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January 10, 2020

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Dark days for Italy’s Alitalia as options narrow

The future of Italy’s Alitalia looked bleak on Wednesday after state railway Ferrovie dello Stato (FS) and Germany’s Lufthansa pulled out of a rescue attempt for the beleaguered carrier.

“We are on a narrow and difficult road,” Economic Development Minister Stefano Patuanelli told parliament, saying the options to save it were “not endless.”

The government has been looking for buyers for the heavily indebted company for years, without success.

FS had been attempting to form a consortium to save Alitalia, but said on Wednesday it had thrown in the towel after failing to find investors willing to meet the conditions.

Those included having a leading airline play a part in the rescue.

Talks had been underway with American airline Delta, Lufthansa and Italy’s Atlantia, a major operator of motorways and airports controlled by the Benetton family.

But Lufthansa insisted on Tuesday that it was not interested in investing in Alitalia without a major restructuring of the company.

FS head Gianfranco Battisti said the German company had “never formally responded to our initiatives.”

Delta had been ready to invest 100 million euros (US$111 million) and take 10 percent of the capital, which FS said would have resulted in a total investment of 340 million euros over four years.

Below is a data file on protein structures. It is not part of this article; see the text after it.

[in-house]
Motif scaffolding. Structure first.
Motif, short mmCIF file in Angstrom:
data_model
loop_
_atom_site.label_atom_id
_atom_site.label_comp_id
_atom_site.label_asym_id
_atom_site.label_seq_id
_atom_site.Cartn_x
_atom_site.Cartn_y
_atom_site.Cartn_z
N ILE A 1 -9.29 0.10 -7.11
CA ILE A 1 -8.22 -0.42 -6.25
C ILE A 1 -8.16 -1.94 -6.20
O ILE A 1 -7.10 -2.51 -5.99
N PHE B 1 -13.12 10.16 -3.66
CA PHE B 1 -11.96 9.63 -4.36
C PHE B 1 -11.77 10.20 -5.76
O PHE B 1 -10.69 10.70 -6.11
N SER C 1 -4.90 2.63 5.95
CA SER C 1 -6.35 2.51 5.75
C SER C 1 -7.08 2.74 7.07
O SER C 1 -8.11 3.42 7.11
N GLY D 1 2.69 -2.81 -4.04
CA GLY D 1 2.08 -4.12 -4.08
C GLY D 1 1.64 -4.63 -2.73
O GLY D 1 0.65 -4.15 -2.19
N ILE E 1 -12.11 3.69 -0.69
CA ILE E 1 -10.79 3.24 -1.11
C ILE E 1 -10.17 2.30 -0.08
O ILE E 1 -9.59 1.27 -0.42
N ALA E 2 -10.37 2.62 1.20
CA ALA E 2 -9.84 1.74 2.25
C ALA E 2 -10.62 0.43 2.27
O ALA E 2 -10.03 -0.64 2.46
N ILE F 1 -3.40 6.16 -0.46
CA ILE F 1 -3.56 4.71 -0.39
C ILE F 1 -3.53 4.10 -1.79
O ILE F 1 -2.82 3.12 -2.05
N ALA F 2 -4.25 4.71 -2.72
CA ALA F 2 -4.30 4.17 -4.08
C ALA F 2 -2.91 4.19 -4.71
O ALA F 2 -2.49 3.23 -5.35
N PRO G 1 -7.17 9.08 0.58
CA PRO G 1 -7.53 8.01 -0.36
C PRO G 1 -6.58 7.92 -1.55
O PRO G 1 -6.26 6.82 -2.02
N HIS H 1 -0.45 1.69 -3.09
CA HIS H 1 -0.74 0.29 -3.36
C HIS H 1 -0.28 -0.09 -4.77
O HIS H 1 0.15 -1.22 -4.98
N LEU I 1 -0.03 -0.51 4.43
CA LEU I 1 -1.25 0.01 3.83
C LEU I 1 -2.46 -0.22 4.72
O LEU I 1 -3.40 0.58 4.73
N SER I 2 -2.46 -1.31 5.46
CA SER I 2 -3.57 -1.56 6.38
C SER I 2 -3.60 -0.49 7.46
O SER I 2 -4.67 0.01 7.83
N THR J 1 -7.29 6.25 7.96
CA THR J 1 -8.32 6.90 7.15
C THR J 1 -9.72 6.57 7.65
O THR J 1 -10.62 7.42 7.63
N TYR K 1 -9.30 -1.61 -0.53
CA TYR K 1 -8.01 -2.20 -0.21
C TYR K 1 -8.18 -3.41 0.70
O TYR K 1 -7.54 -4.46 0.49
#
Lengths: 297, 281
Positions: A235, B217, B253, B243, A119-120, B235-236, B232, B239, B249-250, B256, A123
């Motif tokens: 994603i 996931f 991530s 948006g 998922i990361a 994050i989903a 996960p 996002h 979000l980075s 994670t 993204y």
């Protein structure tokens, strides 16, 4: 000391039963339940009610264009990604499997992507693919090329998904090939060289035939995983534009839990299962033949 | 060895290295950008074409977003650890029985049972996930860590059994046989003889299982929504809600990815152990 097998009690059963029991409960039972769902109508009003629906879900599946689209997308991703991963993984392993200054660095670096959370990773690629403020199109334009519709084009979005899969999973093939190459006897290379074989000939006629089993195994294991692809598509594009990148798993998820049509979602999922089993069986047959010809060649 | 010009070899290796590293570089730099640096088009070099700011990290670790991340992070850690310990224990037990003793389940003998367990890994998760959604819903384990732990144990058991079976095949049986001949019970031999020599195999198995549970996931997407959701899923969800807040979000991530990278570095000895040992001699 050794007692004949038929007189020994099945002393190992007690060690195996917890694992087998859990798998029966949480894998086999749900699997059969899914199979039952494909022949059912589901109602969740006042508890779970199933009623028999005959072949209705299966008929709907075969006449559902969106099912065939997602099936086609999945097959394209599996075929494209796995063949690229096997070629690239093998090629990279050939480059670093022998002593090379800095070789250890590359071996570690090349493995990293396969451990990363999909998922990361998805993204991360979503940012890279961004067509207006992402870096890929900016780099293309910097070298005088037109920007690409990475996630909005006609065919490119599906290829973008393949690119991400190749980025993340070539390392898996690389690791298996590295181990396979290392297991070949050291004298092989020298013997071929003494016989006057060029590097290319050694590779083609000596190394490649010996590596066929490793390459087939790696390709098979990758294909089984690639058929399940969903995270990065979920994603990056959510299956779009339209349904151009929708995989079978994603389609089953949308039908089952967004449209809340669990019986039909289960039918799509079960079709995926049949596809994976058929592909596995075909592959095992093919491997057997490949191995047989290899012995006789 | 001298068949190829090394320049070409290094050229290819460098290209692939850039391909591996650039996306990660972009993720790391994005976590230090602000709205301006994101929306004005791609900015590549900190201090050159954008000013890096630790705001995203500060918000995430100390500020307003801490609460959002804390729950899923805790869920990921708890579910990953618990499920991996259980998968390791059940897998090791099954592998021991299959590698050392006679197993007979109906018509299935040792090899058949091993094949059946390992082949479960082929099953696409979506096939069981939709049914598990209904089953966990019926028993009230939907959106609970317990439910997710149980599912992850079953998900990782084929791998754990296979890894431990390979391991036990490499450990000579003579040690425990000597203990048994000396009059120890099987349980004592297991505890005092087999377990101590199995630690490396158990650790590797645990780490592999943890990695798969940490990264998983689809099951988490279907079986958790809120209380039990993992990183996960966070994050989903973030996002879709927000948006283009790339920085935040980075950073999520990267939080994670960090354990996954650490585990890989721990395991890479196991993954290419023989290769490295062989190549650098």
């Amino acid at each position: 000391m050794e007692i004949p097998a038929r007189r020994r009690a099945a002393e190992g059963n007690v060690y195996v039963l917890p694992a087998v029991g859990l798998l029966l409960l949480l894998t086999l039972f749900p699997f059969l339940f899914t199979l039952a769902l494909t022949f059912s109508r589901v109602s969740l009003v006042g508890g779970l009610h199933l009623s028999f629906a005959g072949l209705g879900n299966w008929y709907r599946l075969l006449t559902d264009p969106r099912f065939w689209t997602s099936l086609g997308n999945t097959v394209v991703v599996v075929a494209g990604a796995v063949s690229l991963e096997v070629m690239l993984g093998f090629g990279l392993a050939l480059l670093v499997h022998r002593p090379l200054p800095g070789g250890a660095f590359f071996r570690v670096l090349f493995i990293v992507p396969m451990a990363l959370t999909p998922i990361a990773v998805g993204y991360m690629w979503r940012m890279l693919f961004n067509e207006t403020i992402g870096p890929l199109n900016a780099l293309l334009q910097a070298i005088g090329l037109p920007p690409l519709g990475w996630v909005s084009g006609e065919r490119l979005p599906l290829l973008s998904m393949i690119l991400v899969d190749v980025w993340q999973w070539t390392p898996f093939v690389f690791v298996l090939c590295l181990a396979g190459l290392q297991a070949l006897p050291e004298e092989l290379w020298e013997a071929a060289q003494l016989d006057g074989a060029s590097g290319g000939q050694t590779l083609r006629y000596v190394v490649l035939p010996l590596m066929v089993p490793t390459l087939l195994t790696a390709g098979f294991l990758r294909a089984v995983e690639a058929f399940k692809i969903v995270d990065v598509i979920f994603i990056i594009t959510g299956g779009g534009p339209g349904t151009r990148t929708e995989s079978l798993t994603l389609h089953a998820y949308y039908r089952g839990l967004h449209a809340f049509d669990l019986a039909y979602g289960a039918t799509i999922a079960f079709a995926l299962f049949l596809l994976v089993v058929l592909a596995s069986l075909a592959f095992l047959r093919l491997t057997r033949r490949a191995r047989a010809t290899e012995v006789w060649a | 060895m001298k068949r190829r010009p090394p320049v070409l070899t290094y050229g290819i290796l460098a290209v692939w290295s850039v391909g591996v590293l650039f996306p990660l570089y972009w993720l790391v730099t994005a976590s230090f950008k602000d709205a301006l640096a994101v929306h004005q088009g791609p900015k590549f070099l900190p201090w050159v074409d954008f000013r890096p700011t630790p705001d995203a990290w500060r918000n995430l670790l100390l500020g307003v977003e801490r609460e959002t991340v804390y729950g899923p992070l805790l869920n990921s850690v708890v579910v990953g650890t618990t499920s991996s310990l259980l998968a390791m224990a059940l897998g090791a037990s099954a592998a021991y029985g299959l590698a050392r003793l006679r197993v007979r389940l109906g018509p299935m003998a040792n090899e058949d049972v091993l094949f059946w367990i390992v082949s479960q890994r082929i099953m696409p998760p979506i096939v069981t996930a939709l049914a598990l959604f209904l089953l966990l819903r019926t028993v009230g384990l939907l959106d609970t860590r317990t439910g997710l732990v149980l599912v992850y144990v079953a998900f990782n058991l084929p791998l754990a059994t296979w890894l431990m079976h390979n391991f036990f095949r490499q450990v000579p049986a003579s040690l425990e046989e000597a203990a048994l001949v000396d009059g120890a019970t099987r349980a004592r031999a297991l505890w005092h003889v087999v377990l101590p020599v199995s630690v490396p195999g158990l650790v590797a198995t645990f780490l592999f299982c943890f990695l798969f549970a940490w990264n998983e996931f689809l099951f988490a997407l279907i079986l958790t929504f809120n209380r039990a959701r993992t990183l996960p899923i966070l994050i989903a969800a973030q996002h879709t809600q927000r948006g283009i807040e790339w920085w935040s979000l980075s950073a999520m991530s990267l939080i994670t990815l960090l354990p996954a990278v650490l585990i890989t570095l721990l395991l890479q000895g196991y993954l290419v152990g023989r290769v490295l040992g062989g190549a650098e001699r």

Atlantia’s participation was “conditional on the resolution of other dossiers,” Battisti said.

That was a reference to threats by the government to revoke Atlantia’s motorways concession following the collapse of a bridge in Genoa in northern Italy in 2018 in which 43 people died.

Atlantia has said it is still interested in finding a solution for Alitalia, but Patuanelli said on Wednesday it was “absolutely unnecessary” to continue talks.

“Alitalia has been in an alarming situation for many years now,” Umberto Bertele, strategy professor at the Polytechnic Business School in Milan, said.

He said one of its main issues was the “imbalance between the number of employees and the number of flights.”

The company has faced extremely fierce competition from low-cost companies, but is too small to be able to really compete with other traditional companies either.

It flew just 22 million passengers in 2018, compared with 91 million for Easyjet, 142 million for Ryanair and some 180 million for Lufthansa and Delta Airlines.

In Italy its market share stands at 14 percent, far behind Ryanair’s 25 percent, and it loses some 300 million euros per year.

FC said it had reached out to some 30 potential investors about an Alitalia rescue, without success.

The best remaining option was for the carrier to “be integrated into a larger company, as was the case for Swissair or Austrian Airlines, which were acquired by Lufthansa, and have a well-defined role,” Bertele said.

That solution would however mean job losses for Alitalia, which currently has some 11,000 employees.




 

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